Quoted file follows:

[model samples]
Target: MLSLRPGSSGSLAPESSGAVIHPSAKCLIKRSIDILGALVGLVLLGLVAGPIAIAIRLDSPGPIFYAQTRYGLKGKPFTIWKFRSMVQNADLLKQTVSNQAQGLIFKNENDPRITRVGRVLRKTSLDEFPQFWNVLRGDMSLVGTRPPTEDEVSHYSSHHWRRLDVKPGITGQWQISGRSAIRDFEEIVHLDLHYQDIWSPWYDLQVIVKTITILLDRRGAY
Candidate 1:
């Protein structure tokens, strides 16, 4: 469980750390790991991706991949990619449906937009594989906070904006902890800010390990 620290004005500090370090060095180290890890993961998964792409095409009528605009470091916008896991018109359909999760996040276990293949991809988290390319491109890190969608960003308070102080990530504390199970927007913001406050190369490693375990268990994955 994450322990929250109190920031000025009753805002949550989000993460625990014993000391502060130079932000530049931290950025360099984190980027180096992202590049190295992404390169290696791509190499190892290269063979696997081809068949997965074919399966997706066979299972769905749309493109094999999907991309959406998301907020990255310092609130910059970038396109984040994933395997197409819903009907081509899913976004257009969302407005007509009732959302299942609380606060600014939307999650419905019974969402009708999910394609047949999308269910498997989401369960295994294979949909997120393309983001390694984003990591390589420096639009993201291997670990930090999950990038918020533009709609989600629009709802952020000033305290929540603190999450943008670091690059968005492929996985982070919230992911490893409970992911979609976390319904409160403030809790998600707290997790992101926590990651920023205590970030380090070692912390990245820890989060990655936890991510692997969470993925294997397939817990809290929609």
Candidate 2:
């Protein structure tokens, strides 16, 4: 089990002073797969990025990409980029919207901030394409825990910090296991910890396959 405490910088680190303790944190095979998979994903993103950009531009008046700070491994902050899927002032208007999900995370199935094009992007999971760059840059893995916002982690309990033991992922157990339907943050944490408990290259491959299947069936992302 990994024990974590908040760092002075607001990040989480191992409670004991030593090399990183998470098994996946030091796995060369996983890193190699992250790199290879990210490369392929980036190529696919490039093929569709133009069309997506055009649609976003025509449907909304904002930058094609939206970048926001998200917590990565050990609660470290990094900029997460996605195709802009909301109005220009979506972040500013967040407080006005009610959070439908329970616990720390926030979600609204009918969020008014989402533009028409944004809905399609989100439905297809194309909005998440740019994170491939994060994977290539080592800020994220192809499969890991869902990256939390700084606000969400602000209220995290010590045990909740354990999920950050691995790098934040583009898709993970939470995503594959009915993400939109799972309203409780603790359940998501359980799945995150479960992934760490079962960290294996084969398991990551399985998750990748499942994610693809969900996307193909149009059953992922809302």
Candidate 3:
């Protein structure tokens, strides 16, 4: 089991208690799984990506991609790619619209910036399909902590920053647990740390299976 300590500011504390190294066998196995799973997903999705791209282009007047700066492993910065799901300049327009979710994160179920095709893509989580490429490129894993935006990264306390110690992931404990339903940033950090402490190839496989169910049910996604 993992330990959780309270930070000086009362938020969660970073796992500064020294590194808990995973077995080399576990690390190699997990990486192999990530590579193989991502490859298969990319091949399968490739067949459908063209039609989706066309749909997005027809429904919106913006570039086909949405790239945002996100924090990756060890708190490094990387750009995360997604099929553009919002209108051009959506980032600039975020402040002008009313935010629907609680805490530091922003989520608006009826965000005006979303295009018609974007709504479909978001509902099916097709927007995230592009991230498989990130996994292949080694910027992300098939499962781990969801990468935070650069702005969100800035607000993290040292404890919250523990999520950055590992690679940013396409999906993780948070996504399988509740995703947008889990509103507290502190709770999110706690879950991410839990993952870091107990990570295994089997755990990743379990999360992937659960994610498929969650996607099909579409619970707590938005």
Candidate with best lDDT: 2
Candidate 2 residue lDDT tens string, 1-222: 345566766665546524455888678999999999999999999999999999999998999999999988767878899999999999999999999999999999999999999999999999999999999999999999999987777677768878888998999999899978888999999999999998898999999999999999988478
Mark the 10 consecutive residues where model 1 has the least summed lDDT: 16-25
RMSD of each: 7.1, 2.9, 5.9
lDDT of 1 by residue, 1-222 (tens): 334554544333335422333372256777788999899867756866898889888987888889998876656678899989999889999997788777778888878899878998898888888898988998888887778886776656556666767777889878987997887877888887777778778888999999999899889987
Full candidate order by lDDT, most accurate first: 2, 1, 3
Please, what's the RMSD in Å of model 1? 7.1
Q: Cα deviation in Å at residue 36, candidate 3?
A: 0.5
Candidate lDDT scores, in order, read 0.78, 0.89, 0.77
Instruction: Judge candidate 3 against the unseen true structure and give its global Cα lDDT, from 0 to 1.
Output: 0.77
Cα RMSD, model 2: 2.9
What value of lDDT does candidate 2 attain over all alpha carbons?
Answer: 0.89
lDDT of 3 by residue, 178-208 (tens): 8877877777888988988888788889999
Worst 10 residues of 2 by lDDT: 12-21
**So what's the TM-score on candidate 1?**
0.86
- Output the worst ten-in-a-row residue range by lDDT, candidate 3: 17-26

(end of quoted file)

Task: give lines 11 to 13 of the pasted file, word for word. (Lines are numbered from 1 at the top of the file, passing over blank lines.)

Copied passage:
Mark the 10 consecutive residues where model 1 has the least summed lDDT: 16-25
RMSD of each: 7.1, 2.9, 5.9
lDDT of 1 by residue, 1-222 (tens): 334554544333335422333372256777788999899867756866898889888987888889998876656678899989999889999997788777778888878899878998898888888898988998888887778886776656556666767777889878987997887877888887777778778888999999999899889987